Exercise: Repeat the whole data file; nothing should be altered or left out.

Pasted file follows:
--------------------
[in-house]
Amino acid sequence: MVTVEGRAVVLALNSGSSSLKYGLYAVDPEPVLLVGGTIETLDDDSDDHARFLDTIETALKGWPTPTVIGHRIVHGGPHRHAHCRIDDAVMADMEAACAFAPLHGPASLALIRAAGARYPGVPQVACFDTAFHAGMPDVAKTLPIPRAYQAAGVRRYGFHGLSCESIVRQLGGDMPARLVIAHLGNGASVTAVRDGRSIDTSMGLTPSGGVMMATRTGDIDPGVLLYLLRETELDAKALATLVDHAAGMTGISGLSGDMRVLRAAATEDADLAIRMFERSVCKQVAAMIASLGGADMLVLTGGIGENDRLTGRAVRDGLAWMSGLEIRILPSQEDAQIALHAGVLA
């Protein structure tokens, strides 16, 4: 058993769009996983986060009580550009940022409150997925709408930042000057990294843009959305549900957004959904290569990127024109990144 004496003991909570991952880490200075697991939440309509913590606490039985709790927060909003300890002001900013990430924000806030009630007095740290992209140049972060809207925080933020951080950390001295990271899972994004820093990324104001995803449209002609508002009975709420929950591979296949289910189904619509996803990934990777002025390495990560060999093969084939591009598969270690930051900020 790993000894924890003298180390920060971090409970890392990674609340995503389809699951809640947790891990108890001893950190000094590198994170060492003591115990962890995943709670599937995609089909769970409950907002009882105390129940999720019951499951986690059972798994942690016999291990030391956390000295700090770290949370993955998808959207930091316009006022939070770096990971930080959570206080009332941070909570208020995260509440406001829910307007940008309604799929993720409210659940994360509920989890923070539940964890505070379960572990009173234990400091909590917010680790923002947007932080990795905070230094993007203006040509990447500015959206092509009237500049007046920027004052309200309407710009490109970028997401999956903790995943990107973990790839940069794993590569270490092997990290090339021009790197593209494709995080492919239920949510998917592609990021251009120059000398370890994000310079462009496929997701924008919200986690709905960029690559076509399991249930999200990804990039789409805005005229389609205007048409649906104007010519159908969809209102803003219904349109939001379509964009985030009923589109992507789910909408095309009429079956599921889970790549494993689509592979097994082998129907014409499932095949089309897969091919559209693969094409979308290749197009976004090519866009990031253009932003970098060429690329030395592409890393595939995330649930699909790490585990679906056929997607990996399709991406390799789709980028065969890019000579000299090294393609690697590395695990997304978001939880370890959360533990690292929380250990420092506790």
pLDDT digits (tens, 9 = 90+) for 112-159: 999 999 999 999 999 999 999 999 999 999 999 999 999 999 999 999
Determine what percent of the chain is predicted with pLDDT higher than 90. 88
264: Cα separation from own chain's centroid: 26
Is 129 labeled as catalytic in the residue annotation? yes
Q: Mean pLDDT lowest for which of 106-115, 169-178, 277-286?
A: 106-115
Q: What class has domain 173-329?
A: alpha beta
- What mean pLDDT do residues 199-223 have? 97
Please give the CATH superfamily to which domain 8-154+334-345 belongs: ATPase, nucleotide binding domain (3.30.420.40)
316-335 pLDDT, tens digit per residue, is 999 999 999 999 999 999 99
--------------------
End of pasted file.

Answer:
[in-house]
Amino acid sequence: MVTVEGRAVVLALNSGSSSLKYGLYAVDPEPVLLVGGTIETLDDDSDDHARFLDTIETALKGWPTPTVIGHRIVHGGPHRHAHCRIDDAVMADMEAACAFAPLHGPASLALIRAAGARYPGVPQVACFDTAFHAGMPDVAKTLPIPRAYQAAGVRRYGFHGLSCESIVRQLGGDMPARLVIAHLGNGASVTAVRDGRSIDTSMGLTPSGGVMMATRTGDIDPGVLLYLLRETELDAKALATLVDHAAGMTGISGLSGDMRVLRAAATEDADLAIRMFERSVCKQVAAMIASLGGADMLVLTGGIGENDRLTGRAVRDGLAWMSGLEIRILPSQEDAQIALHAGVLA
């Protein structure tokens, strides 16, 4: 058993769009996983986060009580550009940022409150997925709408930042000057990294843009959305549900957004959904290569990127024109990144 004496003991909570991952880490200075697991939440309509913590606490039985709790927060909003300890002001900013990430924000806030009630007095740290992209140049972060809207925080933020951080950390001295990271899972994004820093990324104001995803449209002609508002009975709420929950591979296949289910189904619509996803990934990777002025390495990560060999093969084939591009598969270690930051900020 790993000894924890003298180390920060971090409970890392990674609340995503389809699951809640947790891990108890001893950190000094590198994170060492003591115990962890995943709670599937995609089909769970409950907002009882105390129940999720019951499951986690059972798994942690016999291990030391956390000295700090770290949370993955998808959207930091316009006022939070770096990971930080959570206080009332941070909570208020995260509440406001829910307007940008309604799929993720409210659940994360509920989890923070539940964890505070379960572990009173234990400091909590917010680790923002947007932080990795905070230094993007203006040509990447500015959206092509009237500049007046920027004052309200309407710009490109970028997401999956903790995943990107973990790839940069794993590569270490092997990290090339021009790197593209494709995080492919239920949510998917592609990021251009120059000398370890994000310079462009496929997701924008919200986690709905960029690559076509399991249930999200990804990039789409805005005229389609205007048409649906104007010519159908969809209102803003219904349109939001379509964009985030009923589109992507789910909408095309009429079956599921889970790549494993689509592979097994082998129907014409499932095949089309897969091919559209693969094409979308290749197009976004090519866009990031253009932003970098060429690329030395592409890393595939995330649930699909790490585990679906056929997607990996399709991406390799789709980028065969890019000579000299090294393609690697590395695990997304978001939880370890959360533990690292929380250990420092506790």
pLDDT digits (tens, 9 = 90+) for 112-159: 999 999 999 999 999 999 999 999 999 999 999 999 999 999 999 999
Determine what percent of the chain is predicted with pLDDT higher than 90. 88
264: Cα separation from own chain's centroid: 26
Is 129 labeled as catalytic in the residue annotation? yes
Q: Mean pLDDT lowest for which of 106-115, 169-178, 277-286?
A: 106-115
Q: What class has domain 173-329?
A: alpha beta
- What mean pLDDT do residues 199-223 have? 97
Please give the CATH superfamily to which domain 8-154+334-345 belongs: ATPase, nucleotide binding domain (3.30.420.40)
316-335 pLDDT, tens digit per residue, is 999 999 999 999 999 999 99